Sunday evening hundreds of families and friends lined up and down Highway 377. Some marked their spot on Saturday afternoon in preparation for Granbury's 4th of July fireworks show. A man and his grandson tossed a football while waiting for the sun to go down. The grandson was visiting from Florida and his granddad hadn't watched the fireworks show in a few years. Others had a game of cornhole going and there were plenty of barbecue grills flaming hot dogs and hamburgers. One family even had Papa Johns pizza delivered to the Kelly Moore paint store parking lot.
By 9 o'clock the sun was starting to set and the traffic on 377 had slowed down. A slight breeze picked up and you could hear music playing softly in the background. The lawn chairs and ice chest were set up allowing the adults to kick back and relax while waiting. Street vendors walked Highway 377 selling light sticks and glowing necklaces, temporarily keeping kids from growing impatient.
Their attention was quickly captured by several small fireworks going off in the neighborhoods surrounding the area. Jumping jacks and black cats ignited at random among the crowd. Then around 9:40 p.m. KPIR 1420 AM radio began the introduction to commence the show. Presenting the main sponsors, Granbury Chamber of Commerce, City of Granbury, Hood County, H-E-B, Elite Asphalt and Visit Granbury.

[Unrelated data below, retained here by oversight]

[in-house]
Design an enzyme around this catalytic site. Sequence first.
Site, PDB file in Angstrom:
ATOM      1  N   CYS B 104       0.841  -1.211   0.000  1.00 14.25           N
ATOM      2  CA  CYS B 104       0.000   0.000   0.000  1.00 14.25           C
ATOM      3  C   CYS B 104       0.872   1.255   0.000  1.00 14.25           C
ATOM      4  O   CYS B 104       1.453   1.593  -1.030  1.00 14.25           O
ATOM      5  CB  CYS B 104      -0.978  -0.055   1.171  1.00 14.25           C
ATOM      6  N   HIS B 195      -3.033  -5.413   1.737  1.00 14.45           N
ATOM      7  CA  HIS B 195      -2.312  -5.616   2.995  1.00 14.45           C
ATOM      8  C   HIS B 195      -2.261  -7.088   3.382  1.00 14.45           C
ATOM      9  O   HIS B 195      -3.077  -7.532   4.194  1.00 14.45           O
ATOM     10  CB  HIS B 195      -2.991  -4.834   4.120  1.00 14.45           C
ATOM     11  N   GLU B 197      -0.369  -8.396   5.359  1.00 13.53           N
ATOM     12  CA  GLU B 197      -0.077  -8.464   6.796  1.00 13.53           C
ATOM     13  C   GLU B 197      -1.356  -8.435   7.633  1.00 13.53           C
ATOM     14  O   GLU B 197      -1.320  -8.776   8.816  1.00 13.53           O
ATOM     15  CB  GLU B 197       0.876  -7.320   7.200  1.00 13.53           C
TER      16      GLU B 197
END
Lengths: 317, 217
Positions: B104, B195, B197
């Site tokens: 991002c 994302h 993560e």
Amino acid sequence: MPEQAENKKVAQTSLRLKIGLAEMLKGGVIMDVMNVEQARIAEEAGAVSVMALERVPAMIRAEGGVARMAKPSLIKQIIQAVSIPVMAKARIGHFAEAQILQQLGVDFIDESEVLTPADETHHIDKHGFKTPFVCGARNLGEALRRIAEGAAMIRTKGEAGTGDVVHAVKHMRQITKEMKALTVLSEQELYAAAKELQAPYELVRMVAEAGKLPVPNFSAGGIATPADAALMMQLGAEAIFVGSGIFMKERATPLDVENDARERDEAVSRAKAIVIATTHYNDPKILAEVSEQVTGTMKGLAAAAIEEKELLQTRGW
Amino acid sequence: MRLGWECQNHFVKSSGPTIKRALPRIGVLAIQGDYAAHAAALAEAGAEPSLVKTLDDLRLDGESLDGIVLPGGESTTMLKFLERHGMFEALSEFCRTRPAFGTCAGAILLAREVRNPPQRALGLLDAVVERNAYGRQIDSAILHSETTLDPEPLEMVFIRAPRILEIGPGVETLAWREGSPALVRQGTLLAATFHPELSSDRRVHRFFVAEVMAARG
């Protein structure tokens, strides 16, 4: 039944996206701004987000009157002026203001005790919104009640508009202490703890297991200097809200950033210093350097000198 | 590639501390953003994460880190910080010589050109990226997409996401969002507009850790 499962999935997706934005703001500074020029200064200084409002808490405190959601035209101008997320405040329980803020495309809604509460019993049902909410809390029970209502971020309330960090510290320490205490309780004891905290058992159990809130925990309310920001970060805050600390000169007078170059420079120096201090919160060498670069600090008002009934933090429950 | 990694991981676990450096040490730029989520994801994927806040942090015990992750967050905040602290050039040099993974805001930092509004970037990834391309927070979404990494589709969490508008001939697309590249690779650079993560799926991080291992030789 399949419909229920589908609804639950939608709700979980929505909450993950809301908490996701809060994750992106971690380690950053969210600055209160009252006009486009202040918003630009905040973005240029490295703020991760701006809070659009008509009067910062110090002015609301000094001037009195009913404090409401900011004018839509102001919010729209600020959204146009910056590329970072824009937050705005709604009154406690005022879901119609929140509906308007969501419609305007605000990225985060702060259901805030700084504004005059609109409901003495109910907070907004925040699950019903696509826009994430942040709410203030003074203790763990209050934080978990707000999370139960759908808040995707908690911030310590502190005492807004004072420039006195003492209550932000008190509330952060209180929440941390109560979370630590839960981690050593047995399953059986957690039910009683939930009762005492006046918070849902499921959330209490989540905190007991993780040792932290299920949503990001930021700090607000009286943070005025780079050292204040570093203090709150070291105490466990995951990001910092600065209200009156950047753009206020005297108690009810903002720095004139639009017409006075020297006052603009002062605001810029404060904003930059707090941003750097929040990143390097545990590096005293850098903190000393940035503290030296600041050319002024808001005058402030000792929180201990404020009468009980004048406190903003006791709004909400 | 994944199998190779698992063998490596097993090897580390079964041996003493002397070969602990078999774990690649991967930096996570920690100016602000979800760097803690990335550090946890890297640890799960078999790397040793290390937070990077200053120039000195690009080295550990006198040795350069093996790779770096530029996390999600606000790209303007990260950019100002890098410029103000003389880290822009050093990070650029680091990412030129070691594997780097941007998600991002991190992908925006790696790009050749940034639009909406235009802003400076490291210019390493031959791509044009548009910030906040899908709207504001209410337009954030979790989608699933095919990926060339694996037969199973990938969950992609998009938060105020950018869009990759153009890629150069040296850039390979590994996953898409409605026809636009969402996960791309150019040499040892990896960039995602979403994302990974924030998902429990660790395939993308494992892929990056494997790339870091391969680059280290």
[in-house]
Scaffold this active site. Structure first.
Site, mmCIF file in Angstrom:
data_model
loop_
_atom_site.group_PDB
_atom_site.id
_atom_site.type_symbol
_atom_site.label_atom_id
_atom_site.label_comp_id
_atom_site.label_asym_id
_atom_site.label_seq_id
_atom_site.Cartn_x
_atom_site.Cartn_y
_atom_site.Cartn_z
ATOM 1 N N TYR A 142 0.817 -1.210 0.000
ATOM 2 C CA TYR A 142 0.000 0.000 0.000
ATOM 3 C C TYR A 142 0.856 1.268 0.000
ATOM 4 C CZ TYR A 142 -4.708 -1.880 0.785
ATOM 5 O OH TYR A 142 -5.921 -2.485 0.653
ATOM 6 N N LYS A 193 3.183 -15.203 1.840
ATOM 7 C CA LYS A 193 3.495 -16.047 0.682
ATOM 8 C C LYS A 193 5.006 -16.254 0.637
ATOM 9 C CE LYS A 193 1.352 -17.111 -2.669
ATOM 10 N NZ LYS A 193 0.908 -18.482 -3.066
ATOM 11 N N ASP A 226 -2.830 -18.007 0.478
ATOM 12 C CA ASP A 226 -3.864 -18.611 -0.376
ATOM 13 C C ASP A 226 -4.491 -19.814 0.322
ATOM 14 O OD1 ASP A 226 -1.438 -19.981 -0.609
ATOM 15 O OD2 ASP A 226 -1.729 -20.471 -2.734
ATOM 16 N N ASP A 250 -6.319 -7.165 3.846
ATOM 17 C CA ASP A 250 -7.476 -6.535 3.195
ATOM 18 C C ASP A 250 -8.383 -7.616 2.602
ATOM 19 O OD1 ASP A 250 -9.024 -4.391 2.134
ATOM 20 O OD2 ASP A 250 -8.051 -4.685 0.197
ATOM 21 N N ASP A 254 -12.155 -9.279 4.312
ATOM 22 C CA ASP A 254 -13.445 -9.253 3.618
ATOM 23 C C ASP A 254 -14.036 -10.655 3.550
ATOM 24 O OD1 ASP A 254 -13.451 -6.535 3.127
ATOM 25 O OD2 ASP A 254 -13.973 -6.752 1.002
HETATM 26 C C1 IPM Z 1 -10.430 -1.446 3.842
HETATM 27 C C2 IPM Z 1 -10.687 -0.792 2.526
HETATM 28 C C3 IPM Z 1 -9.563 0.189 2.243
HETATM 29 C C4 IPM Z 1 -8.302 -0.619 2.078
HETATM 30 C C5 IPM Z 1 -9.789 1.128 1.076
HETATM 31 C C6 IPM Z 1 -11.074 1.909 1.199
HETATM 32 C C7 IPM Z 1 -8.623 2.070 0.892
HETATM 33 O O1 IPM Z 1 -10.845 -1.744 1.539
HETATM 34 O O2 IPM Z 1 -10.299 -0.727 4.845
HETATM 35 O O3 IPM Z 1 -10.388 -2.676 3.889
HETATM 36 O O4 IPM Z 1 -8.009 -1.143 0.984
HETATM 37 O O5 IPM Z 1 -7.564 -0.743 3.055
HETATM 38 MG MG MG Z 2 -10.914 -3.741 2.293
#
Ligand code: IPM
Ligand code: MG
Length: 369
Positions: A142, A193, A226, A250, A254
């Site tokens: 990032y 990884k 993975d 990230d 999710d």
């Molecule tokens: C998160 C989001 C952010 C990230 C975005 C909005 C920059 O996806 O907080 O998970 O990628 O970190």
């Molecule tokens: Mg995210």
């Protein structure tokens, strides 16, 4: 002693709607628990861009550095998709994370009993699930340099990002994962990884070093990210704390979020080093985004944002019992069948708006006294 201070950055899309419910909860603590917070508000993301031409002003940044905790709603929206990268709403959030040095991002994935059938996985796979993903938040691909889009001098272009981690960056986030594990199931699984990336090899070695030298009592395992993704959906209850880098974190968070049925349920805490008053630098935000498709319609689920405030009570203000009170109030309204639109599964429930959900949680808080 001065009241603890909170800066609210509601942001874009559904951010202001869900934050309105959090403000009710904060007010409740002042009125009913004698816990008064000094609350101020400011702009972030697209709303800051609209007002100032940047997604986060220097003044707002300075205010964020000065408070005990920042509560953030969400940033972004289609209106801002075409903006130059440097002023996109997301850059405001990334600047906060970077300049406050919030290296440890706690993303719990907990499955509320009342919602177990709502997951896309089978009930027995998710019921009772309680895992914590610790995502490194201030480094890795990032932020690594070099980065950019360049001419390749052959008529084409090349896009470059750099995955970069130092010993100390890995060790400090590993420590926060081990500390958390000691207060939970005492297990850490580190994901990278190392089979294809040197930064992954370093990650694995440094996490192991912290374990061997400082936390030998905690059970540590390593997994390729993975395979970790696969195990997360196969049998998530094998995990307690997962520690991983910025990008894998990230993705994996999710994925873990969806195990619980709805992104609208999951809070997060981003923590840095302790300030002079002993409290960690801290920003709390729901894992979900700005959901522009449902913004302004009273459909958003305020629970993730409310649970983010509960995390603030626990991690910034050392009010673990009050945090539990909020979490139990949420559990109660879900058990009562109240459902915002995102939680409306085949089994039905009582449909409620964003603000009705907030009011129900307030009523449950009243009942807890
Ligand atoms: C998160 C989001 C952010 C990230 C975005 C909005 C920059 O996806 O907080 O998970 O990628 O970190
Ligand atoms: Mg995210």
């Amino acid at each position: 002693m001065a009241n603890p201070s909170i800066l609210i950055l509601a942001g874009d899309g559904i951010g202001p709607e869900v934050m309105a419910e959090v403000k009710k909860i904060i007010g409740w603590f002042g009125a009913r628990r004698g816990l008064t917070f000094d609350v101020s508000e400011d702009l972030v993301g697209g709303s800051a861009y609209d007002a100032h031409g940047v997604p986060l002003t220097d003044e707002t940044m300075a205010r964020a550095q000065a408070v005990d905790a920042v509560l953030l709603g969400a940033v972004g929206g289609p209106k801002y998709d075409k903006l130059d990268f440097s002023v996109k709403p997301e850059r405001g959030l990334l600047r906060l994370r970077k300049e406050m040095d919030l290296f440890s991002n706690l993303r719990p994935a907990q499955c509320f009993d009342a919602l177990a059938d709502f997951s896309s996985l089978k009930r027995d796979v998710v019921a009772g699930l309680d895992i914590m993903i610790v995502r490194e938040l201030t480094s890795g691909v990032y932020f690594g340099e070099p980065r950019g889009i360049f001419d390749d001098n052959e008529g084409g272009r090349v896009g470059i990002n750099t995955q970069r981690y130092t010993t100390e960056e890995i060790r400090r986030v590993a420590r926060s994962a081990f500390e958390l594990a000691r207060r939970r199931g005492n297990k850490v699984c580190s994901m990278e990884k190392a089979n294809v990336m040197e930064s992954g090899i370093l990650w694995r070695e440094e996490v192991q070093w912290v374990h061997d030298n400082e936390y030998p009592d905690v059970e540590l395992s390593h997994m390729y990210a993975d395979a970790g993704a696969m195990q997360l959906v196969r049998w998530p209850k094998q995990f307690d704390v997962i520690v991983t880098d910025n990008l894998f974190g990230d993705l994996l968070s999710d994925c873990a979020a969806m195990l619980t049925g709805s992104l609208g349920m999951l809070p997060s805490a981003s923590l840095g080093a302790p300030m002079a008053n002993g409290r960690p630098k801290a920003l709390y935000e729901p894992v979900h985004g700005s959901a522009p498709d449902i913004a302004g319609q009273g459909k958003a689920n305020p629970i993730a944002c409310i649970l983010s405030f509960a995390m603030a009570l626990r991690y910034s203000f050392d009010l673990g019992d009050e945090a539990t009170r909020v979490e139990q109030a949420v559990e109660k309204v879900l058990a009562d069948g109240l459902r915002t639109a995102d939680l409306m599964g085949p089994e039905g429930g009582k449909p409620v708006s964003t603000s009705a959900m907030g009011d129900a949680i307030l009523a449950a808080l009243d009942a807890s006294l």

The firework show lasted just under 30 minutes. You could hear the ooohs and aaahs at every boom, then the crackling to follow until the next one was launched. After the show, In spite of the large attendance, the traffic moved along at a slow and steady pace. Some took Plaza Drive and others stayed on the main highway. It was bumper to bumper in both directions but became less hectic the farther away from where the main event took place.
The firework stands were open until midnight. Ron Cummings at the "Bootlegger" fireworks stand was open late and had a steady line of customers. You can purchase the fireworks from him, then safely shoot them off in the designated field behind the stands. Several locations on the property had small wooden pits to handle the "small stuff" along with the launch tubes for artillery shells. With safety in mind there were multiple water sources readily available to extinguish any rouge fires caused by the fireworks.
When asked how sales were doing Ron was not sure. He said he had not tallied the totals from the weekend but guessed it was doing better than the seven-year average. Demand for fireworks was exploding this year, due to a nationwide shortage, meaning some Americans may have had a difficult time finding pyrotechnics for their Fourth of July celebrations. But not at Ron's place. He had plenty to spare.